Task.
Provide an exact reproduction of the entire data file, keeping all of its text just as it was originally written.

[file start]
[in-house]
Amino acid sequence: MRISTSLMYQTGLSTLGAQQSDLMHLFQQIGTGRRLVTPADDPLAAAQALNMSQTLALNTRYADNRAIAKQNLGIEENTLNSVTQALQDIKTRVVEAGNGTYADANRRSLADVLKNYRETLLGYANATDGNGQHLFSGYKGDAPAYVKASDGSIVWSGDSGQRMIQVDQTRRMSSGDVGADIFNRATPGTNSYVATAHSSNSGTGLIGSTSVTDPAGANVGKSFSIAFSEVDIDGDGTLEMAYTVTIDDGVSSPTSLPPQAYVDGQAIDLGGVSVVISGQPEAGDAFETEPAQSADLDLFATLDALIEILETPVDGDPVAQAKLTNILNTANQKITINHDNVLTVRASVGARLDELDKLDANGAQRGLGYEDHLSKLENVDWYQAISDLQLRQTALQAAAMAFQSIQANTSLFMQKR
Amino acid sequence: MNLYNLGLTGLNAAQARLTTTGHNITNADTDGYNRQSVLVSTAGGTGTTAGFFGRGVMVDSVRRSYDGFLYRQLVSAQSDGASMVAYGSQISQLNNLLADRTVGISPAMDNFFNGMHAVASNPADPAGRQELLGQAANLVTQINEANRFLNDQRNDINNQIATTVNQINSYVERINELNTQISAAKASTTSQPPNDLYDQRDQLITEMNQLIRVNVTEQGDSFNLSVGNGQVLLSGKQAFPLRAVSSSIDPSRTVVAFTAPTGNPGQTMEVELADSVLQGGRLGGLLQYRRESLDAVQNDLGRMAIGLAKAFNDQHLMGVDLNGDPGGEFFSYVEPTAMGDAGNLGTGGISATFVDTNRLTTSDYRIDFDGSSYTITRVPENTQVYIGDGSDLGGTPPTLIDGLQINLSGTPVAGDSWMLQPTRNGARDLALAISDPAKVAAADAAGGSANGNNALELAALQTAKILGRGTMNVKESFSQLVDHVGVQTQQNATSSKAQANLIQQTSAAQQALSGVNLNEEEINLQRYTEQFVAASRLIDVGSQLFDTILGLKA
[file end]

[in-house]
Amino acid sequence: MRISTSLMYQTGLSTLGAQQSDLMHLFQQIGTGRRLVTPADDPLAAAQALNMSQTLALNTRYADNRAIAKQNLGIEENTLNSVTQALQDIKTRVVEAGNGTYADANRRSLADVLKNYRETLLGYANATDGNGQHLFSGYKGDAPAYVKASDGSIVWSGDSGQRMIQVDQTRRMSSGDVGADIFNRATPGTNSYVATAHSSNSGTGLIGSTSVTDPAGANVGKSFSIAFSEVDIDGDGTLEMAYTVTIDDGVSSPTSLPPQAYVDGQAIDLGGVSVVISGQPEAGDAFETEPAQSADLDLFATLDALIEILETPVDGDPVAQAKLTNILNTANQKITINHDNVLTVRASVGARLDELDKLDANGAQRGLGYEDHLSKLENVDWYQAISDLQLRQTALQAAAMAFQSIQANTSLFMQKR
Amino acid sequence: MNLYNLGLTGLNAAQARLTTTGHNITNADTDGYNRQSVLVSTAGGTGTTAGFFGRGVMVDSVRRSYDGFLYRQLVSAQSDGASMVAYGSQISQLNNLLADRTVGISPAMDNFFNGMHAVASNPADPAGRQELLGQAANLVTQINEANRFLNDQRNDINNQIATTVNQINSYVERINELNTQISAAKASTTSQPPNDLYDQRDQLITEMNQLIRVNVTEQGDSFNLSVGNGQVLLSGKQAFPLRAVSSSIDPSRTVVAFTAPTGNPGQTMEVELADSVLQGGRLGGLLQYRRESLDAVQNDLGRMAIGLAKAFNDQHLMGVDLNGDPGGEFFSYVEPTAMGDAGNLGTGGISATFVDTNRLTTSDYRIDFDGSSYTITRVPENTQVYIGDGSDLGGTPPTLIDGLQINLSGTPVAGDSWMLQPTRNGARDLALAISDPAKVAAADAAGGSANGNNALELAALQTAKILGRGTMNVKESFSQLVDHVGVQTQQNATSSKAQANLIQQTSAAQQALSGVNLNEEEINLQRYTEQFVAASRLIDVGSQLFDTILGLKA